The two pillars of Mahathir had been and I think always have been progressive Malays and magnanimous Malaysians. It has been proven time and again that conservatism of Malayness and the false piety of so called religious cleric-politicians have no place in a Mahathirian blueprint for Malaysia. Yes, it is true, he believes in a strong Malay party to lead the nation and forge a ‘forced-harmony’ but that may not be tenable in the new era of equality with the other 39 ethnicities of this country. We are heading into new politics. The conservatives in Semenanjung can ’bitch’ and curse all day long but we do not want a Kongres Maruah Melayu nonsense in our next flight into a globalized future. Other nations are already airborne, some are ready to land while we are left behind checking tires and baggage compartment on race and religious issues.

When Mahathir left the office of the Prime Minister, he did so crying. I have often wondered how a hard man and seasoned politicians would do such a thing. I now know that despite many believing that Mahathir was there to enrich his cronies and children, I still believe that he had a strong vision for both the Malays and Malaysia. I think he succeeded in putting Malaysia on the map but failed to produce a Malay leadership that understands what it takes to lead a nation in a global construct.

That’s was why he cried. He was never dragged to the courts like Najib so why would he cry? And then, when Abdullah Badawi and Najib failed miserably as leaders, he came down very hard on Umno and the Malays to the point of him being rejected again by his own party.

Before GE14, Mahathir’s legacy was as a destroyer of public institutions like the judiciary, the police and the civil servants. Mahathir’s legacy for the Malays was the one who violated the sacred relationship between chieftain and rakyat by undressing the dignity of another Malay. His other legacy to conservative Malays were that of a pengkhianat to Umno. With the conservative Islamic groups, he was a sworn enemy. Before GE14, Mahathir has left a negative legacy among Malays and Malaysians alike. I did not think anyone would mourn his passing then if it had happened.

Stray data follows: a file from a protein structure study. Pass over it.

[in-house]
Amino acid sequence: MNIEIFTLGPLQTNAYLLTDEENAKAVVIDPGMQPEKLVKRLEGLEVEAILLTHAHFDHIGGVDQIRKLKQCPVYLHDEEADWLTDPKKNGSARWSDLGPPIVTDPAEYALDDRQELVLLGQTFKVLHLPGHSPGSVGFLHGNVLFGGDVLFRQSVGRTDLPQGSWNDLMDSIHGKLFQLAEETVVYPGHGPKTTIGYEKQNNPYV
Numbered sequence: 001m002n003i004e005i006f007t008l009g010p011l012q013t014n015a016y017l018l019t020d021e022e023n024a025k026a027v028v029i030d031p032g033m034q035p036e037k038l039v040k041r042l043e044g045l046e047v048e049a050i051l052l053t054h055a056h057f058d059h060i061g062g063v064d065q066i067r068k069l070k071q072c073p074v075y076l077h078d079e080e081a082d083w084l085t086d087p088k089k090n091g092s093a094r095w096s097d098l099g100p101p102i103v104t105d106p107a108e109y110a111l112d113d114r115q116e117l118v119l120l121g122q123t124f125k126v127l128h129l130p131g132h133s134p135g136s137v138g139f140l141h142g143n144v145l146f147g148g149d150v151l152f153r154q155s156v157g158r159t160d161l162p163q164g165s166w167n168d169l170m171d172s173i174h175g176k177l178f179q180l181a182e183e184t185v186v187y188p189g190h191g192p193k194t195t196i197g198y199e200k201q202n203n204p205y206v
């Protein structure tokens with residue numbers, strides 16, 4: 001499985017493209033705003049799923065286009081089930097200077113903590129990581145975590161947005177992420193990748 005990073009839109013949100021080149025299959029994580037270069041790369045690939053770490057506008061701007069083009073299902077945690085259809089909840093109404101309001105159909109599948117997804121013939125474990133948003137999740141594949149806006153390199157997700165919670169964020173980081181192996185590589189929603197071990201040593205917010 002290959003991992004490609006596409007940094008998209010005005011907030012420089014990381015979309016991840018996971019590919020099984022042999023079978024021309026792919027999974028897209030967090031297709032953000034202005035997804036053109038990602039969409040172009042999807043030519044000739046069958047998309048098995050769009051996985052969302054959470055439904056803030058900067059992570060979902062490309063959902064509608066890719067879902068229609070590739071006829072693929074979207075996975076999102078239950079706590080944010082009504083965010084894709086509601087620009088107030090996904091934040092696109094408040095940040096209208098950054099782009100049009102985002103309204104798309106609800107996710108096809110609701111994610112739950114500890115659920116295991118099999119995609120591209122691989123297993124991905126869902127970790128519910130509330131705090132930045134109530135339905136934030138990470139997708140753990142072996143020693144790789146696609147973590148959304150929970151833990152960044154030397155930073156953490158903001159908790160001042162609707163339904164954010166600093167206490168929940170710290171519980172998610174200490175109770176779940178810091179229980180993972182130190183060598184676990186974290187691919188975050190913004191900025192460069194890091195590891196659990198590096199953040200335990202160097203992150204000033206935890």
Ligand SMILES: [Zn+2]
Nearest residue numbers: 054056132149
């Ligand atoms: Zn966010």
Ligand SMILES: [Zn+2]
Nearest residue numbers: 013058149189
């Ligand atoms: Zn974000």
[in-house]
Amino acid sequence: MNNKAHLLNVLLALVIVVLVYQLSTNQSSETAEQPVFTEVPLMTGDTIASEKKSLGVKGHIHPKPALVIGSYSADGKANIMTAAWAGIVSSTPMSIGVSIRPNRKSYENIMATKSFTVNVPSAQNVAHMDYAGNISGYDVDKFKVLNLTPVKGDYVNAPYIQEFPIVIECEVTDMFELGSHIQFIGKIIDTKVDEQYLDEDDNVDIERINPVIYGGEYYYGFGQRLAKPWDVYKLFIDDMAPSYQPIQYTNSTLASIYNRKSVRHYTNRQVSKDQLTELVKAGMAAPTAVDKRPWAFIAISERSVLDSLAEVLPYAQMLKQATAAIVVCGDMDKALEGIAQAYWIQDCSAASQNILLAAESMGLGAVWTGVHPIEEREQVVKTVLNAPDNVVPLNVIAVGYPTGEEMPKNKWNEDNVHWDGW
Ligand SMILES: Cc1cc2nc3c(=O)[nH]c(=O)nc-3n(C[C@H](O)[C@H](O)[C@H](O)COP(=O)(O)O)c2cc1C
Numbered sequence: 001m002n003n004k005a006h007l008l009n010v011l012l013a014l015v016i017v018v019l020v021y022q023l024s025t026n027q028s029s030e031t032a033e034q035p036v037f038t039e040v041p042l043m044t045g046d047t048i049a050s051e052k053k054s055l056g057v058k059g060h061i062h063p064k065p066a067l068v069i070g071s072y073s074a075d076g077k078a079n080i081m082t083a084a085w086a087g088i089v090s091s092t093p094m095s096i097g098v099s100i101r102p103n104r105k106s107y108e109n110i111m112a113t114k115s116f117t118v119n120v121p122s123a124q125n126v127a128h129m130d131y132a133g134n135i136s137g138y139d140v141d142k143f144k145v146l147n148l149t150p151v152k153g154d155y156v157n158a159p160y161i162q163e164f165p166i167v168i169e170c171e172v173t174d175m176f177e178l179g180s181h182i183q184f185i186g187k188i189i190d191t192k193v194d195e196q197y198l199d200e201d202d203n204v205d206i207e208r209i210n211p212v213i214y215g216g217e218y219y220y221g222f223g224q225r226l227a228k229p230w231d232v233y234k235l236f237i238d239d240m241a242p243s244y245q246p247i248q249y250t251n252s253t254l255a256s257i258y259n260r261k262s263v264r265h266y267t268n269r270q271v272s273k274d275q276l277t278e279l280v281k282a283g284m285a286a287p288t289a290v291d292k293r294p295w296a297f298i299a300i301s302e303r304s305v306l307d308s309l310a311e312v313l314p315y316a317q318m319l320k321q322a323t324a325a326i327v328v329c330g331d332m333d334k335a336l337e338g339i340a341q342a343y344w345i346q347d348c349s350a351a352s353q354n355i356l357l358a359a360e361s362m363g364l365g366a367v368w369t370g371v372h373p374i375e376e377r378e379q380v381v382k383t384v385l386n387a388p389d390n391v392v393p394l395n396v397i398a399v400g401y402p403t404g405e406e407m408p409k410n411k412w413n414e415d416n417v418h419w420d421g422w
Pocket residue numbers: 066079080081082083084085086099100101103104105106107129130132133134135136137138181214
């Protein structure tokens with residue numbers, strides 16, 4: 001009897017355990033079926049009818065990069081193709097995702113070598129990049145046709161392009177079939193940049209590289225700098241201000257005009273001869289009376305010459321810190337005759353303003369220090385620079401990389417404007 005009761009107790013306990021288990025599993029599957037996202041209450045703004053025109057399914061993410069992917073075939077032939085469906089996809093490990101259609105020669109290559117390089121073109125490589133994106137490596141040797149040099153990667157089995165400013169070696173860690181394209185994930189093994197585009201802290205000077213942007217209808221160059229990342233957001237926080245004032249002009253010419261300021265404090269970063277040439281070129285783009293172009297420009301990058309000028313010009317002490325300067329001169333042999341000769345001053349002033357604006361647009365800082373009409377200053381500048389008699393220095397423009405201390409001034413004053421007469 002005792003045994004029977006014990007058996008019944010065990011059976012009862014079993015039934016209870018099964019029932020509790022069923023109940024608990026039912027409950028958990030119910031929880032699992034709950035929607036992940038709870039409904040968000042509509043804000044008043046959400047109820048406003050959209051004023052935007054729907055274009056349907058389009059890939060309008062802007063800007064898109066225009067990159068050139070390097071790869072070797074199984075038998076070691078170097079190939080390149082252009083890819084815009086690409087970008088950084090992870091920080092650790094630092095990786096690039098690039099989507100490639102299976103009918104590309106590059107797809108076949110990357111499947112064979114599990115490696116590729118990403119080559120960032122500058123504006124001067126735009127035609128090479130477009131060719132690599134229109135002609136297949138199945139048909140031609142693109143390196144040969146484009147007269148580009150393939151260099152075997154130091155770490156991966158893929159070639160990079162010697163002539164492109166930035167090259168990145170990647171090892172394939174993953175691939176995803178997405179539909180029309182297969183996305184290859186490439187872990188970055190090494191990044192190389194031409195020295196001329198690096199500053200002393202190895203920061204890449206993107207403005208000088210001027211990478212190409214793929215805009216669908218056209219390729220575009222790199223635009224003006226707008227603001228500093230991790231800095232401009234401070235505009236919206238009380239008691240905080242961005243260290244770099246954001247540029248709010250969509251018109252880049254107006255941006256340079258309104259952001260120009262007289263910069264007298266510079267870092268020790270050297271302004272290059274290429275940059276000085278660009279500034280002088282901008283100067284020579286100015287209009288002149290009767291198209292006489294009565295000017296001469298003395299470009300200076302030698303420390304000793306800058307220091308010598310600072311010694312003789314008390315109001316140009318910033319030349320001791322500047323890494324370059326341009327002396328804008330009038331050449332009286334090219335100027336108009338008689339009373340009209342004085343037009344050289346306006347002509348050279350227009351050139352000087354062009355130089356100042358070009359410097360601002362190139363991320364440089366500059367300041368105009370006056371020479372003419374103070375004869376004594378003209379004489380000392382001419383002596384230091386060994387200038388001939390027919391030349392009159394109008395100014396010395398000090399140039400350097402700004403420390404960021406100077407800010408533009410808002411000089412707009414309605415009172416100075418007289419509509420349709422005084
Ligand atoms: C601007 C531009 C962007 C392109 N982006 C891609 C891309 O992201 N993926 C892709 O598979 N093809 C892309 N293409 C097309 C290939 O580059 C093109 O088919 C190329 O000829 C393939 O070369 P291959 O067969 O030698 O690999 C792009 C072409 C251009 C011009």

But GE14 came and Mahathir was given by providence a new lease of life. He stepped up to the plate and worked tirelessly to reform a coalition of enemies that were mostly Malaysians. Many had apprehension about him leading the pact, truthfully…even me. But as I tossed and turn at night there was no other formula of leadership that was viable…Mahathir had to lead. I wrote and talked to many in support of that idea.

As a 20 year Reformasi follower, I was not going to let a chance of a lifetime slip through at actually seeing the mighty BN fall to its knees. That half of our Reformasi life were fighting the old man disappeared like a flicker from a gust of wind. We Malaysians were ready to forgive and look beyond and honor the leader and we prayed hard that the harsh lessons of politics would bring remorse and reflection to the most colorful leader in Malaysia’s history. Malaysians was ready to remember Mahathir’s new legacy and forget the old one.

But now it seems that Mahathir has been presented with a change in legacy. If the back-door government comes, the new cabinet would be filled by people of dishonor and those who would not appreciate nor care for whatever legacy Mahathir might have. Once in power these dishonorable leaders, who has no idea of what being Malaysian is all about, will, in all probability, bury Mahathir in their complete lust for power and racial dominance. Malaysians would be most disappointed about Mahathir’s probable new legacy that would wiped out his six decades of building the nation.

Will Malaysians light a candle to remember Mahathir? His ‘new friends’, which may form the government without the consent of the rakyat, I am most sure… will definitely not. In the new back-door government, I think, both Mahathir and Malaysians are the real losers.

(Professor Dr. Mohd Tajuddin Mohd Rasdi is Professor at a local university.)